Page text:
Sunday, February 23, 2014
DO RE MI
My first introduction to the horror of the German Nazi's was a Christmas film that I watched every year. I really can not recall how old I was when I first saw "The Sound of Music" but I do remember it made an impression.
It was a pretty soft core introduction into the evil of Nazi totalitarianism. The family Von Trapp forced to escape their homes because their father refused to serve in Hitler's Navy.
The most poignant memory I recall was my confusion with Rolfe the boyfriend to eldest daughter Liesl, who so quickly adopted the propaganda and became a Nazi youth soldier. The handsome, well mannered boy became the biggest threat to Liesl and her family. How could he, and all of the society around him park their humanity at the door.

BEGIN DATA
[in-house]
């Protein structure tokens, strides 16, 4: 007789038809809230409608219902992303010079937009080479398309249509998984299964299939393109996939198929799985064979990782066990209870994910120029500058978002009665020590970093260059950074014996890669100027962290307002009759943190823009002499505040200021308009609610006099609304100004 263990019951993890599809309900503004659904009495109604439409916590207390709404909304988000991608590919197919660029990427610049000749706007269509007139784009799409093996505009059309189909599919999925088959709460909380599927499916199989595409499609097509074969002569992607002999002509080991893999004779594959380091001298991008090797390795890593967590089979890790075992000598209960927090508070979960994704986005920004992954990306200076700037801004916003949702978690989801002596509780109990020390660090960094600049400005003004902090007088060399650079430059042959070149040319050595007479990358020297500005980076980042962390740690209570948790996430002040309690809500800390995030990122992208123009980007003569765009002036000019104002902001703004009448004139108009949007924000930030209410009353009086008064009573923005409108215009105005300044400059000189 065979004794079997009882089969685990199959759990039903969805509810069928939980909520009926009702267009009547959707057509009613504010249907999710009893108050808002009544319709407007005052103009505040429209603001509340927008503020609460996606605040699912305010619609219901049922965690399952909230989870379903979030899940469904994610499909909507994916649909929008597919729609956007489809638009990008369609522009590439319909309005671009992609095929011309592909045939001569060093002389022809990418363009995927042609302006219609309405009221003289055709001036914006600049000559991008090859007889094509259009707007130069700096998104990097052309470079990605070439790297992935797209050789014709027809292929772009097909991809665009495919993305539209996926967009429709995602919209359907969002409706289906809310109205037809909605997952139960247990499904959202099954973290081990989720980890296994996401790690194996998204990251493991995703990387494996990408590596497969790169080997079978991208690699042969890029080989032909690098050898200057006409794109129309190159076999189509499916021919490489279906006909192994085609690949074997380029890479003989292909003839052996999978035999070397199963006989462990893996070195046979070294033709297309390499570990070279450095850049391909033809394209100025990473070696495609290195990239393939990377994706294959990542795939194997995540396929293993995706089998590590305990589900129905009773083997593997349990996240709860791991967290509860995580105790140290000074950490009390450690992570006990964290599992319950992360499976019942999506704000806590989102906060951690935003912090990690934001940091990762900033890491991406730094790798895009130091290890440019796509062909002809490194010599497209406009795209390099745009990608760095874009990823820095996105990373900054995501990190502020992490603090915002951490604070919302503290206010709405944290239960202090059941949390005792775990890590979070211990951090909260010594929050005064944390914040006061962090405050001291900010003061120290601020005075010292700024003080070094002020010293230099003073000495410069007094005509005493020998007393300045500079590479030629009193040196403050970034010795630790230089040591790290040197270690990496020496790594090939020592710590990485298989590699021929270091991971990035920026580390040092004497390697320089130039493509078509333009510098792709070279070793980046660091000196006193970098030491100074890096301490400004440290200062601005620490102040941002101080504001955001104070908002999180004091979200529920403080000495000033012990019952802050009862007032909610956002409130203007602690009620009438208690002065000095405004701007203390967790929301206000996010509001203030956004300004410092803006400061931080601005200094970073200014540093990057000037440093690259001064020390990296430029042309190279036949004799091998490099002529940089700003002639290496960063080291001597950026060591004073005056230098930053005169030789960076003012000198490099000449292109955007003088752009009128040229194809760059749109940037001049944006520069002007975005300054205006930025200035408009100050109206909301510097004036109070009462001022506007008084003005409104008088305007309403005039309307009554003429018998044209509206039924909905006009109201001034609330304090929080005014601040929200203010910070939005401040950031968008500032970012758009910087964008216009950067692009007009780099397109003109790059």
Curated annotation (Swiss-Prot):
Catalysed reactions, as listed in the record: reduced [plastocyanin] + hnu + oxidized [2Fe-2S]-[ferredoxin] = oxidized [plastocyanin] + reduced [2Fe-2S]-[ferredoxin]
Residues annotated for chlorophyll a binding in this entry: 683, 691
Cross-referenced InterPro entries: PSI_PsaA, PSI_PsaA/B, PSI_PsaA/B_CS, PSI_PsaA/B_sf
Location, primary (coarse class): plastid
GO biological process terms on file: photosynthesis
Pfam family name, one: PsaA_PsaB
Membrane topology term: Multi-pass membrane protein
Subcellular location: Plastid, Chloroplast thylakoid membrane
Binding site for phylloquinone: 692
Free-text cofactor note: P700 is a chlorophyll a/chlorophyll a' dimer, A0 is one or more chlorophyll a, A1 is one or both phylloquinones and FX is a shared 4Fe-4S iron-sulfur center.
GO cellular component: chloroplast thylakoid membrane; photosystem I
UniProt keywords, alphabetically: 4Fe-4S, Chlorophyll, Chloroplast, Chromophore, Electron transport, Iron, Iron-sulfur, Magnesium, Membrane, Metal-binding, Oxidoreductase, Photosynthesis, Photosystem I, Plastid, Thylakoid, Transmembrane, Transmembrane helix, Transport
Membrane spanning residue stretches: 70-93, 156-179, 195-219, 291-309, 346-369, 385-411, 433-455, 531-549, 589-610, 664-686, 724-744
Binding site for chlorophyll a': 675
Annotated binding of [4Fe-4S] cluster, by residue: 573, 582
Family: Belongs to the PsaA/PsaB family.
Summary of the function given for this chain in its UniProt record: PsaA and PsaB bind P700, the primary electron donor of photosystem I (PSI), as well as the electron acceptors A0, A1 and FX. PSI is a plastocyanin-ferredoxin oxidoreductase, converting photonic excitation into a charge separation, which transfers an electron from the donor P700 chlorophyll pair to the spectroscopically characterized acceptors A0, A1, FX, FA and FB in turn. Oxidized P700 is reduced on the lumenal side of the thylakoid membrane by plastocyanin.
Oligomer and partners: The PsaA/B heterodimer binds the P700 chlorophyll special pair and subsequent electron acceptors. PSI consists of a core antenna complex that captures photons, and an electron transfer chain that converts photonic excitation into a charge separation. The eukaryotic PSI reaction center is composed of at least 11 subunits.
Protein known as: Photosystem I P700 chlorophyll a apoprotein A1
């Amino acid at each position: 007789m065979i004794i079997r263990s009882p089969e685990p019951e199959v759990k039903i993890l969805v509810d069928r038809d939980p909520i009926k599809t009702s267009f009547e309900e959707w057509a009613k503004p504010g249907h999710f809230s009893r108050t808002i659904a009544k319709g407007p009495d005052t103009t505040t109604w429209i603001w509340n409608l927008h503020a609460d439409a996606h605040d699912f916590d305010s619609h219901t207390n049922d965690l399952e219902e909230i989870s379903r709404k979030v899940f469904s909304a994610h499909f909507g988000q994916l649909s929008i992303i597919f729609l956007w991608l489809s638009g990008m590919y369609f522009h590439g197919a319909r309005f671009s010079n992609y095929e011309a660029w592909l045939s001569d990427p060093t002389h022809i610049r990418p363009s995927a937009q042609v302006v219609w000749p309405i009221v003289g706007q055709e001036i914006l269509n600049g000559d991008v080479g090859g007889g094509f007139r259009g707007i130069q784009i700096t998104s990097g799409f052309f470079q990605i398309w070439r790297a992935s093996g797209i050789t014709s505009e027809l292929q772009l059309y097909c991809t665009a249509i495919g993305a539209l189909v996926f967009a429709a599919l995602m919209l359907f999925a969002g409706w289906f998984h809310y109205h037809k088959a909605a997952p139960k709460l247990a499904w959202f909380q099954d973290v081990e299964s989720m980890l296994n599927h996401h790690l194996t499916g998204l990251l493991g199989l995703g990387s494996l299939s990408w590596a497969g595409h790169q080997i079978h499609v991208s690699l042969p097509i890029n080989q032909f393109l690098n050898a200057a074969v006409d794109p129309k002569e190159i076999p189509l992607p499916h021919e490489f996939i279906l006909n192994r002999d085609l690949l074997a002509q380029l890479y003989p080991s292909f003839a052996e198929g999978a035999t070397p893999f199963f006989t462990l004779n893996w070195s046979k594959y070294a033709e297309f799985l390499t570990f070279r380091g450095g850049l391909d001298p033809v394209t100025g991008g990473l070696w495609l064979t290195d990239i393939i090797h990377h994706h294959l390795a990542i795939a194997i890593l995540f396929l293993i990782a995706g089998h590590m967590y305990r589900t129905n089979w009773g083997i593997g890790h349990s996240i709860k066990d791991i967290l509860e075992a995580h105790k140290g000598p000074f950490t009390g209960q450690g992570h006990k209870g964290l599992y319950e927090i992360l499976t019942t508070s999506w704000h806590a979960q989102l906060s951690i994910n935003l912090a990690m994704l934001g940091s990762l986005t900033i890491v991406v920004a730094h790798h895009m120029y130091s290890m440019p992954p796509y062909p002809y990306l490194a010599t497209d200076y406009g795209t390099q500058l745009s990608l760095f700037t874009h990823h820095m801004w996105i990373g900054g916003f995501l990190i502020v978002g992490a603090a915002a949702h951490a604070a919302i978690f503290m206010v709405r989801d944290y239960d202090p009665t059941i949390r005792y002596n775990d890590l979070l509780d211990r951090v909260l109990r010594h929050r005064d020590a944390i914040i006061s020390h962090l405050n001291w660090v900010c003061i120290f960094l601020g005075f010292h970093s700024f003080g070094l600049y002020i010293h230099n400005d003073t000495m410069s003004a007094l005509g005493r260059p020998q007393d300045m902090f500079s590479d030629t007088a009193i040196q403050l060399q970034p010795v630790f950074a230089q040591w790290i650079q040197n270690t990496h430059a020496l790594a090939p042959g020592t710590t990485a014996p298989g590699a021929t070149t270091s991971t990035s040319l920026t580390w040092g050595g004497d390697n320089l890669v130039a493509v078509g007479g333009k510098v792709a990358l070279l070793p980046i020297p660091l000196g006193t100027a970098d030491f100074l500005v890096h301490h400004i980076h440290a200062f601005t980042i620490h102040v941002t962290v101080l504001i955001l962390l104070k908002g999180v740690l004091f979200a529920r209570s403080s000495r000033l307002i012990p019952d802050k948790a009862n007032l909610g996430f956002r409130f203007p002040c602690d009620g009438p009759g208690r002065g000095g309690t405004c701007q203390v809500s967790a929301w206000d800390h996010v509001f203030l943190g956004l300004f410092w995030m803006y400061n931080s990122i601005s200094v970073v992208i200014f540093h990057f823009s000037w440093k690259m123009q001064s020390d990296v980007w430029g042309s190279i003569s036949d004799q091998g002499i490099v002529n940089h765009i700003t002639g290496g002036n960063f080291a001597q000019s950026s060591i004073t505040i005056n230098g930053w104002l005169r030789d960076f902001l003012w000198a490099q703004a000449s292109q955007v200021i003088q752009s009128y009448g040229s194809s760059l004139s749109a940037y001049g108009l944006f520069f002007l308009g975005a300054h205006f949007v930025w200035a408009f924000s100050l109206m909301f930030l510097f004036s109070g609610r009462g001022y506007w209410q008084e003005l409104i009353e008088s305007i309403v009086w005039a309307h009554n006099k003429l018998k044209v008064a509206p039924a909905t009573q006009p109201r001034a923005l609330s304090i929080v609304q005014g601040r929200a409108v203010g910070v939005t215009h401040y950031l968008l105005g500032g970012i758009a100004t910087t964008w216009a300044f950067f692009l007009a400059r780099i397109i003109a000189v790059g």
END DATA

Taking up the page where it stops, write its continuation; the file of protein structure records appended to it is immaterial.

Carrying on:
Of course history classes, Anne Franks's letters, Shindlers's List, The Boy in Stripped Pyjamas, The Reader, The Book Thief and a host of documentaries on the death camps revealed the true horror of the regime and what was allowed to occur.
This past week Maria Von Trapp died at the ripe old age of 99. She was the last surviving member of the seven original Trapp Family Singers.
“The Sound of Music” was based loosely on a 1949 book by von Trapp's second wife, also Maria von Trapp. In 1938, the family escaped from Nazi-occupied Austria.
It is reassuring to know that in the face of evil people like George Von Trapp, Miep Geis and the hundreds of thousands of others who risked, or gave up their lives to retain their humanity.
I only hope that if ever put in a similar situation, that I would have the conviction of my beliefs even in the face of death.
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Posted by Peter L. Whittle